And the whole virus / malware part is the most refreshing. Reclaiming your computer from all the scum who want to infect it / hijack it / steal things from it is just such a liberating experience. As is no longer having to pay ‘Symantec Tax’ just to try and fight a losing battle against the malware writers.

Sales pitch over.

So, no - I’ve not written anything much about Macs for a while, and that is because the process of making the switch was very smooth and relatively painless - for me. Your Mileage May Vary.

So, here’s to ‘Lola’, one year old and going strong.

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Sickness and Diseases

Okay, so here I am doing more to make myself fit and healthy than I have for erm, quite a long time. And as I sit here I have :-

  • a cold
  • sweat rash
  • knackered foot

All this ‘get fit’ stuff is bad for you!

The cold is one of what has seemed like a constant stream of them passed on from my daughter, Shelly this winter. Hard to remember a few days when I didn’t have a cold.

The sweat rash is from all the walking. Try and make a difference to your fitness and get landed with some other horrible disease. For a long time I thought it was just my eczema back again, so I treated it as such. Finally the penny dropped and the various sprays, ointments and general gunk I’m using right now seems to be making a difference.

The knackered foot - I can’t believe this. I was sat using the computer last night, stood up and felt something happen to my right foot. It felt like I’d pulled something, it was pretty minor so I thought nothing more of it and went to bed. This morning I awake to quite a lot of pain in my foot and find that I can just about hobble around. I feel like I should be using a walking stick right now. There’s no way I’ll be able to do my walking commute for a few days, just as last week I only managed one day due to the cold and how it affected my breathing.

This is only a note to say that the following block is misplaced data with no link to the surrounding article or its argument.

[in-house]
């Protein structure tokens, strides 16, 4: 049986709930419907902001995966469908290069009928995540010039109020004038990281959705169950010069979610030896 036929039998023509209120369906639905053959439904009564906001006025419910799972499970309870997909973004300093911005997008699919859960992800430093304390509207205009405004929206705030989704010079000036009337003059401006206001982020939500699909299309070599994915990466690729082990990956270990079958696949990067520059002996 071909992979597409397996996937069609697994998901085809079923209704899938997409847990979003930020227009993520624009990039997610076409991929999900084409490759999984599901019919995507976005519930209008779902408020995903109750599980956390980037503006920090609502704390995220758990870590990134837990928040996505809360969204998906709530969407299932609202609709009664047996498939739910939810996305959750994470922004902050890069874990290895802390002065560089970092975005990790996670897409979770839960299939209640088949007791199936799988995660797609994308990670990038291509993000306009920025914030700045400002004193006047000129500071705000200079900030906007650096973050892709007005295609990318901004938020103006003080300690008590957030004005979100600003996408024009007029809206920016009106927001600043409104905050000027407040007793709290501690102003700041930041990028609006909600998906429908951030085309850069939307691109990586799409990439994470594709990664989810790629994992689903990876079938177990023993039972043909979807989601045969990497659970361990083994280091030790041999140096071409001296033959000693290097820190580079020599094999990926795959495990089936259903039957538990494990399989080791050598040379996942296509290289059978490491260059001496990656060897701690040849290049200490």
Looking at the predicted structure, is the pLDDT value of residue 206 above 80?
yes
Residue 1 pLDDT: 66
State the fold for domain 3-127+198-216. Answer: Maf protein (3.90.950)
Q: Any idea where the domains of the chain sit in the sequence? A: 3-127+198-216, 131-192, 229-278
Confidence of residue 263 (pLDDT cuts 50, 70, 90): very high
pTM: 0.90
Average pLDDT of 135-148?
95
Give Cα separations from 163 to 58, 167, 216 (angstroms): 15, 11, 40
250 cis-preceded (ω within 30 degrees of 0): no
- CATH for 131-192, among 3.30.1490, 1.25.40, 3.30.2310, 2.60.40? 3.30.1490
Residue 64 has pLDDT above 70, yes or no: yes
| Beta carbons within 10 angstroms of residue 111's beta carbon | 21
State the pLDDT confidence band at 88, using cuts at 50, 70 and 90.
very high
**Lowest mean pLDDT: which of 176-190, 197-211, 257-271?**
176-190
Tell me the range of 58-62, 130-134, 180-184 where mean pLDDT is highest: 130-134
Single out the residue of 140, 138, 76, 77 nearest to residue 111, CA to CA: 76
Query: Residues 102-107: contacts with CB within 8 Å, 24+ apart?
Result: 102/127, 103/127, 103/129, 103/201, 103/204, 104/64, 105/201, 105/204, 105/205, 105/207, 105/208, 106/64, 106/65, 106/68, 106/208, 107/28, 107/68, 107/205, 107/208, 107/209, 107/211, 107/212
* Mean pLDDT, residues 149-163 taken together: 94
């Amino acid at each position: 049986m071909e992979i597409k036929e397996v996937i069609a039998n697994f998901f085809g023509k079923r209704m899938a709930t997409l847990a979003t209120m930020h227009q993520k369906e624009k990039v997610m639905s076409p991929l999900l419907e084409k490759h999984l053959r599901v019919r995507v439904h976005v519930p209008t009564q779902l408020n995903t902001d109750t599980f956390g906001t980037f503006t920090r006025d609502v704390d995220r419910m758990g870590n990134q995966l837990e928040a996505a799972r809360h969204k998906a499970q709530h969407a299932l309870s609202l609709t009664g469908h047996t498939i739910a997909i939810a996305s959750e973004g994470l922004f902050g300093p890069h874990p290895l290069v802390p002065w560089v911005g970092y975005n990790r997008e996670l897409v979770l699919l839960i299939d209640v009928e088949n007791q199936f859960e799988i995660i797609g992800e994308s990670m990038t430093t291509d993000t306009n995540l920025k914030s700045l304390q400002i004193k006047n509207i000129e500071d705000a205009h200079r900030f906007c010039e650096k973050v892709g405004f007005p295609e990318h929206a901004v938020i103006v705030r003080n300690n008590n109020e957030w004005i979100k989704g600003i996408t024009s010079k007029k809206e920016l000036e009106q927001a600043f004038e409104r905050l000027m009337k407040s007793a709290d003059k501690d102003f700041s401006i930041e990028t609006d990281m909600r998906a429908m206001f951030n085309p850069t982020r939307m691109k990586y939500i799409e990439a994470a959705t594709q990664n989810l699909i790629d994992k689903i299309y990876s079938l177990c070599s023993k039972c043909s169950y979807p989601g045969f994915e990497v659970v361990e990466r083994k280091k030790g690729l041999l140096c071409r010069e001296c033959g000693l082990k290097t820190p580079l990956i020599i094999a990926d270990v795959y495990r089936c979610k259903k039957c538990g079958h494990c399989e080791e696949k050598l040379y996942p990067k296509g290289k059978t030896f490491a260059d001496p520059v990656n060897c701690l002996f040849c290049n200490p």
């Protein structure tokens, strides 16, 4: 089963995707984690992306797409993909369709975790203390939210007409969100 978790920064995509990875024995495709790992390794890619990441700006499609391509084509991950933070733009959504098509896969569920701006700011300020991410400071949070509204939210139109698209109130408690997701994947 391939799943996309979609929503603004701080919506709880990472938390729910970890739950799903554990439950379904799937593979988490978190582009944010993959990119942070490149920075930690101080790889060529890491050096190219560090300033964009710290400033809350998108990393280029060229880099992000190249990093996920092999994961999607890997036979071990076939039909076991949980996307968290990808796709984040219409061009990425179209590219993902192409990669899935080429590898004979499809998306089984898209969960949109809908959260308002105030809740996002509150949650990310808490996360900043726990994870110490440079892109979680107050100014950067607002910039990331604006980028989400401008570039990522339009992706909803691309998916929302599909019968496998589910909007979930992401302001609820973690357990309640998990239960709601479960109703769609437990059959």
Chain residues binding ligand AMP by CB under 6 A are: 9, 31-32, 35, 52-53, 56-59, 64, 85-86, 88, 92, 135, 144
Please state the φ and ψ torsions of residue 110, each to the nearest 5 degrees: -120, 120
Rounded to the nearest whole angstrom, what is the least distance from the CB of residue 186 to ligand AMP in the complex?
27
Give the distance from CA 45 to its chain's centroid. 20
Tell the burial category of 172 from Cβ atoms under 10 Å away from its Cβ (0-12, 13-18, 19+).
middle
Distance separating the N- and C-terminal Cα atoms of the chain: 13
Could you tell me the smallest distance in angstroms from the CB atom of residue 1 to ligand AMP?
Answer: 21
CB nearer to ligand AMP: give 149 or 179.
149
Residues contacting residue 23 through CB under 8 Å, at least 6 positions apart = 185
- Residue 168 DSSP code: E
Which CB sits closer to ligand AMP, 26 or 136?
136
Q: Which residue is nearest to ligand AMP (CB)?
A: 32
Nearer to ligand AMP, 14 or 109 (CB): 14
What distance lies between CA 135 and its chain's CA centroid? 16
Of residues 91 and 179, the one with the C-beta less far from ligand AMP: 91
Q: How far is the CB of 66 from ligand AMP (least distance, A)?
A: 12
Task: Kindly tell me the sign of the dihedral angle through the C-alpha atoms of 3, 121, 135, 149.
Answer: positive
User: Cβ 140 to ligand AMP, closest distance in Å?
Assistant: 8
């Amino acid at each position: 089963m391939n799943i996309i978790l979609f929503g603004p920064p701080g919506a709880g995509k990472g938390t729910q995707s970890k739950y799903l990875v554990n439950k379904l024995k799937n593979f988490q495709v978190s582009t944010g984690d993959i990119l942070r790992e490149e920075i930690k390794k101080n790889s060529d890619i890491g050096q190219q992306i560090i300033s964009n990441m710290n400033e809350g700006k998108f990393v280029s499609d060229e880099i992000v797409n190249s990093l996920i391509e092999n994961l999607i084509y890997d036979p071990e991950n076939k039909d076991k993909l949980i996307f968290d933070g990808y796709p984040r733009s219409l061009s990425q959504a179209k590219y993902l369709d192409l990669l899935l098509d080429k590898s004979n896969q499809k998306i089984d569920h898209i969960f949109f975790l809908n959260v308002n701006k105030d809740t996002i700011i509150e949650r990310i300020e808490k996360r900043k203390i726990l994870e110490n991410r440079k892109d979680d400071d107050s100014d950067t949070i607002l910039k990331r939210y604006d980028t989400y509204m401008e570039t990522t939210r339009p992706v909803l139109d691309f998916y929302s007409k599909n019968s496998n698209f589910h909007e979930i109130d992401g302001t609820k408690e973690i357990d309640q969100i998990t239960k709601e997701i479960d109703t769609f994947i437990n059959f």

So here I am, bursting to get back into my walking, lose some more pounds, stones and inches - and there’s no way I can. I’m frustrated to say the least.

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Another Sign of Shrinkage!

squonk jacket 1

Any of my mates who has known me a while will instantly recognise the jacket pictured above. I bought it when I was about 20 and a friend added the art work a little while later. All taken from Genesis’ ‘A Trick of the Tail’ album sleeve.

This jacket was a part of my identity through my 20’s. People would spot it and come over for a chat at gigs and festivals. It saw a lot of wear and tear and travelled over to the USA when I first went to meet my future parents-in-law. Humm, heaven knows what they made of me…!

And the reason I’ve dragged it out? Well, one of my targets in the whole ‘walk to work’ campaign was to be able to pop on this old leather jacket and zip it up again. Keep in mind that I bought it when I was 20 years old and to be honest, from my mid twenties onwards I wasn’t really able to wear it zipped up.

I tried it on over Christmas. It went on okay, but zip? Erm - no way, couldn’t even make the two halves of the zipper meet up in the middle.

Tried it on today and…. woah… we had zipperage!

Okay, it’s erm, still a little (!) on the tight side, but it bloody well zipped up! I’m staggered.

Only thing is, will I actually wear it? Well, only just to ’show’ a few friends who scoffed at me when I told them my plan regarding this jacket, ‘yeah, yeah, as if that’s going to happen…’. Ah… erm, if you’re reading this - you know who you are and you will soon see that when I set my mind to something I can be bloody stubborn!